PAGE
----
Thursday, May 5, 2011

Wanted Movie Review: Matrix Lite - Not the Same Great Taste, Less Fulfilling

First published on American Madness on 30 January 2009.
Republished here unaltered.

A young man works day in and day out in a soul-crushing office job. He’s thoroughly dissatisfied with his life, which he views as devoid of any meaning. One day he’s visited by a mysterious stranger in the form of a beautiful woman. He is saved from someone who seems to be after him and brought to meet a ragtag team led by a wizened black man who will give him spiritual guidance while training him to free his mind and become a highly skilled fighter and assassin.


If this sounds remarkably similar to another film you’ve seen that’s because Wanted, from Kazakh director Timur Bekmambetov in his Hollywood debut, is an action thriller that borrows quite heavily from The Matrix. Call it “Matrix Lite” in the sense that not only are the story and the visual effects inferior (and by no means do I want to imply the effects are bad), but the attempt at infusing the story with philosophical trappings is a laughable mess.

James McAvoy, the very talented and winning actor from Atonement and The Last King of Scotland, plays Wesley Gibson, the young man I described. As it turns out, his father, who walked out during Wesley’s infancy, is also one of the world’s most deadly assassins working for a 1000 year old organization known simply as The Fraternity. In the film’s opening action set-piece he is killed by Cross, another member who has gone rogue and is systematically picking them off one by one.

Wesley, for reasons unknown at first, is Cross’s next target. In steps Fox (Angelina Jolie) to whisk him away to safety, but not before a heart-racing car chase with bullets flying (and bending) toward their targets. Before long he has met Sloan (Morgan Freeman in yet another one of his ‘magical black man’ roles) who compels him at gunpoint to shoot the wings off some buzzing flies. Wesley obliges and succeeds much to his (but not the audience’s) surprise.

You see Wesley has inherited a genetic phenomenon from his father. His heart races up to 400 bpm pumping adrenaline through his body and enabling him to see things in slow motion. The Fraternity wants to train Wesley so that he can take out Cross for them. Sloan thinks he’s the only one capable of doing it. Sound familiar?

All films establish their own parameters for everything from lighting design to acting style. Action films must set parameters of believability. It’s okay to create imaginatively unbelievable stunt choreography as long as everything falls within the set of rules the film creates for itself. The Matrix successfully skirts around laws of physics by placing its world inside a computer program. Wanted starts with a premise of human beings with a slight supernatural ability. Most of the action falls within the believability scale set out by the exposition. But still nothing can explain how a character in one scene is able to take a running start in the corridor on an upper floor of a skyscraper, leap through a window and fly through the air toward a building across the street and crash through its upper floor window. And, oh yeah, shooting people on the roof while soaring.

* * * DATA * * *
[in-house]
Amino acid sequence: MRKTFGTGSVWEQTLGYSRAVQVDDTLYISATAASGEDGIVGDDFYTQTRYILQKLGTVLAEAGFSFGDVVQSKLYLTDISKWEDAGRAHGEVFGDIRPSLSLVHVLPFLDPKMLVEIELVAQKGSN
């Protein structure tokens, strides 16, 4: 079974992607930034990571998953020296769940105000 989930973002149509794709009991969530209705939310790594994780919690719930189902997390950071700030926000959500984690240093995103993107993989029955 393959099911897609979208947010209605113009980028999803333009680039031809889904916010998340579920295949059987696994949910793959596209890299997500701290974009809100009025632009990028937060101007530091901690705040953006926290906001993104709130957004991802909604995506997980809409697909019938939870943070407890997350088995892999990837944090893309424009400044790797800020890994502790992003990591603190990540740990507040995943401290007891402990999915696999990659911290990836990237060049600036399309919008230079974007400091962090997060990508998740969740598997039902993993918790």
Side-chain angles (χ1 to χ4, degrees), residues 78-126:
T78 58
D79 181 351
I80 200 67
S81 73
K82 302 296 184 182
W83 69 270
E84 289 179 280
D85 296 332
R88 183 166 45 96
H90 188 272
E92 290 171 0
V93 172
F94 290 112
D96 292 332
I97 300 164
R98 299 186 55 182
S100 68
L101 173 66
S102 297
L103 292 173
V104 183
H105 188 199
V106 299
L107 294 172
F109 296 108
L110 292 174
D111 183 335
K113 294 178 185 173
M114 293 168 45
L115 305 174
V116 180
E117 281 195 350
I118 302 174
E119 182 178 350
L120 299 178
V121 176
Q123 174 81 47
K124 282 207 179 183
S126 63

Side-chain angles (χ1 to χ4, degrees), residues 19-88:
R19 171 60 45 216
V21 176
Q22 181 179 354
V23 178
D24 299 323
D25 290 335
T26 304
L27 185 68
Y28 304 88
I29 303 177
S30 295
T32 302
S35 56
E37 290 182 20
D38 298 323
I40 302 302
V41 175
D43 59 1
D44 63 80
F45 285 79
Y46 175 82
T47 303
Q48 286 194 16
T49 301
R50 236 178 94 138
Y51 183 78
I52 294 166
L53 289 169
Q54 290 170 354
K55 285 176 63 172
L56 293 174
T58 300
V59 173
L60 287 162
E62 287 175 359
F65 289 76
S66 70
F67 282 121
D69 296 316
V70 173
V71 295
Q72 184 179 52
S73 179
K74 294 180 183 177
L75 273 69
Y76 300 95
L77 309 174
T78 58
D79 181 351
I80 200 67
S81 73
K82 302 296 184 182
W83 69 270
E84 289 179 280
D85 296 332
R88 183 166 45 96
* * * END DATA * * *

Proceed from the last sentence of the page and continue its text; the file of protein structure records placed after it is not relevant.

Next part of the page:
To be sure, the action is fun, violent and at times quite entertaining. The sound editing is crisp and flawless (although would I have even noticed if it weren’t an Oscar nominee in that category?). McAvoy is a charismatic young actor who handles the role of Wesley with good humor and a bit of panache. Unfortunately his costars are given little to do. Freeman is playing by the numbers here and Jolie’s entire job seems to be standing around looking sultry and then stepping in at the right moment to add a completely gratuitous element of romantic chemistry.

Where it starts to go off the rails is when Sloan starts explaining the origins of The Fraternity going back 10 centuries to a group of weavers who discovered coded messages in their sheets of woven fabric. The messages were interpreted as binary code representations of names – the next targets for The Fraternity assassins. Never mind that binary code representing letters wasn’t first used until about the 17th century. What about those weaving machines? Did those exist in the Middle Ages?

But now I’m getting lost in the details. What’s most important is how the code winds up in the fabric. Is it fate? Is it completely random defects that have been misinterpreted throughout the centuries by megalomaniacal do-gooders attempting to play God? The screenplay (by Michael Brandt, Derek Haas and Chris Morgan) is based on, but apparently bears very little resemblance to, a Mark Millar comic book series. It wants us to take it for granted that fate controls the destinies of the characters. The Fraternity members take it on faith that the names that come up are people deserving of death. The screenwriters don’t have the ambition to even ask the second question, let alone attempt to answer it. Somehow I have a sneaking suspicion that the comic would provide a deeper exploration of these themes than the sensory overload the film provides.

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